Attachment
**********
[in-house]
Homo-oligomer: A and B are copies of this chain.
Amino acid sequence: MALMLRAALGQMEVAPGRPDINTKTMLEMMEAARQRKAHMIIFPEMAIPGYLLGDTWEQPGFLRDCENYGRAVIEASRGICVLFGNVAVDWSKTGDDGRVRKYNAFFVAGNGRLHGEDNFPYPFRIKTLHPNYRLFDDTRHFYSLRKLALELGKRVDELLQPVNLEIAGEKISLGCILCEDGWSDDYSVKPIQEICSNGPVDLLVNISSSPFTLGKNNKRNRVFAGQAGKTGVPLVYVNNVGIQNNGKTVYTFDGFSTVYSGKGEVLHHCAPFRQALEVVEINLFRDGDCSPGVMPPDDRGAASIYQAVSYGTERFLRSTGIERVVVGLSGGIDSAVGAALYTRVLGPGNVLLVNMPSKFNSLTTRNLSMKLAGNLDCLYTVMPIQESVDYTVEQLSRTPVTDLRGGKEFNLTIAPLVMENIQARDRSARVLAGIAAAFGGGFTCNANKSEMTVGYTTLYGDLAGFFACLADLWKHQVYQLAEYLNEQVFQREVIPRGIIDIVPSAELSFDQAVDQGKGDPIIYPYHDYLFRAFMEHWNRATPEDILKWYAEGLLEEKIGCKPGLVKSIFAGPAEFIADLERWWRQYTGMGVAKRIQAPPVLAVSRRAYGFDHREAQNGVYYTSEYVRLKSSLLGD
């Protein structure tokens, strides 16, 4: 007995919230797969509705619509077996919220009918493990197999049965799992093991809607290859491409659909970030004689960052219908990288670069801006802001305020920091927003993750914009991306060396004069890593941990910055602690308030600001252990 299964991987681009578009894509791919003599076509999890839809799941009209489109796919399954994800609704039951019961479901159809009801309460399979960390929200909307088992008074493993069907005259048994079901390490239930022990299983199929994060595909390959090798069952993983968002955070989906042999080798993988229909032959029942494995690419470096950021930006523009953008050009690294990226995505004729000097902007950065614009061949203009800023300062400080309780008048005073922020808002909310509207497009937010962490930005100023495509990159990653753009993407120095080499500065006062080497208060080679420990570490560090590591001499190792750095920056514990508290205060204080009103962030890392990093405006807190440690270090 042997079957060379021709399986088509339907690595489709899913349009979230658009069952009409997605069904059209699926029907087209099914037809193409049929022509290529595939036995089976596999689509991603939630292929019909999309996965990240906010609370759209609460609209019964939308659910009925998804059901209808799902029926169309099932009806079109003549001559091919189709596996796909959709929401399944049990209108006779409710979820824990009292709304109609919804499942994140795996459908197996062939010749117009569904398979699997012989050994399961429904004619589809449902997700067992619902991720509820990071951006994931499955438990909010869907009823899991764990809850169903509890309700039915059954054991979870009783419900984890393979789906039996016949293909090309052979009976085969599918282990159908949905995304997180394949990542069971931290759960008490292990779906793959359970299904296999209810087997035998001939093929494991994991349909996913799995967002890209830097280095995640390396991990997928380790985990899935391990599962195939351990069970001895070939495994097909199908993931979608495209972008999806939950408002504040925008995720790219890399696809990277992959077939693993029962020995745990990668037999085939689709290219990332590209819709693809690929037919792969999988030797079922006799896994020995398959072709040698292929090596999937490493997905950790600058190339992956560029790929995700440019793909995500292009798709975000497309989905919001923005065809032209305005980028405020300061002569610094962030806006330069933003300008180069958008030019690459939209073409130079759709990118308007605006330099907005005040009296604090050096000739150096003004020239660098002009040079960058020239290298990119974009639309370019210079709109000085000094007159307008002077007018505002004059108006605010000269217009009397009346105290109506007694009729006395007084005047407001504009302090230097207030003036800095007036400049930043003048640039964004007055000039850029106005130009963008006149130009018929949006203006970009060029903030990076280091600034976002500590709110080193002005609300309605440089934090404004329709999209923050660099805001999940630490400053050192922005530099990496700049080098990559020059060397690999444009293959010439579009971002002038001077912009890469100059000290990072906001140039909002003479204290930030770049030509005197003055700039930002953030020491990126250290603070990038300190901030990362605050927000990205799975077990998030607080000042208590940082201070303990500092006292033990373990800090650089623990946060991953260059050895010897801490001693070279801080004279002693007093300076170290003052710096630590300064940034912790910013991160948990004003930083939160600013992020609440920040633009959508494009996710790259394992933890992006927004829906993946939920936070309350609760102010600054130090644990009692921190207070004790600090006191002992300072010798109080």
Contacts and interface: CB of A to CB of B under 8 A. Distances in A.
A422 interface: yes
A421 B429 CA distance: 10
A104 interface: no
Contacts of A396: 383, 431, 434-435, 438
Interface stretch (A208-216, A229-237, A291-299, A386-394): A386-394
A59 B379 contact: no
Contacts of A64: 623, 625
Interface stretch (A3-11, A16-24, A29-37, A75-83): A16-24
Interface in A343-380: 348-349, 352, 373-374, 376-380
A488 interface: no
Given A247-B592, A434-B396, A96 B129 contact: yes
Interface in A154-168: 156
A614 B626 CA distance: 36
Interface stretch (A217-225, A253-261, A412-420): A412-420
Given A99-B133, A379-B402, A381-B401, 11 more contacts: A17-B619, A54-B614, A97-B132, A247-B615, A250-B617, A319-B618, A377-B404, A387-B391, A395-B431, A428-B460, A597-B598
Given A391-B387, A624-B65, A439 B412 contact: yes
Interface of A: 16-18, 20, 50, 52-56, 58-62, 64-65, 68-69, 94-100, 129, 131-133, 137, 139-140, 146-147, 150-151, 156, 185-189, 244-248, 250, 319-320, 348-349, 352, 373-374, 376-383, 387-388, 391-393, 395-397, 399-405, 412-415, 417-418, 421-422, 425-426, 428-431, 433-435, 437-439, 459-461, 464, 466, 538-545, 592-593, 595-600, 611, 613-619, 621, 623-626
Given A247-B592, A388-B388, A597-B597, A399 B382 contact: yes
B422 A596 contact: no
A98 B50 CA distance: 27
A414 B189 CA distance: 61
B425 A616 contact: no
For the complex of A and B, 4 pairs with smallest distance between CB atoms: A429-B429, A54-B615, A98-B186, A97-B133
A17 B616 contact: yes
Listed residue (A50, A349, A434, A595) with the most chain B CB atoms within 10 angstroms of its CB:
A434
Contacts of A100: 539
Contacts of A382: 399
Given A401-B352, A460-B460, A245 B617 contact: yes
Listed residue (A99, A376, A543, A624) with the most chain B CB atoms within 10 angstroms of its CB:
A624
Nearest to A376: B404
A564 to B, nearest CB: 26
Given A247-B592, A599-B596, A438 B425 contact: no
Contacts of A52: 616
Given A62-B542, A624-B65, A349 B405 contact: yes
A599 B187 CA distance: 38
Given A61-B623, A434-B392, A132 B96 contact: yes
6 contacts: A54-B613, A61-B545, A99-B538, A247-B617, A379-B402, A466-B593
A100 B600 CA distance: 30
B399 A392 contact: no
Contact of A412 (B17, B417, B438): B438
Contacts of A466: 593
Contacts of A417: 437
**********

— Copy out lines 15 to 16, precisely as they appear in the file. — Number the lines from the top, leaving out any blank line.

A488 interface: no
Given A247-B592, A434-B396, A96 B129 contact: yes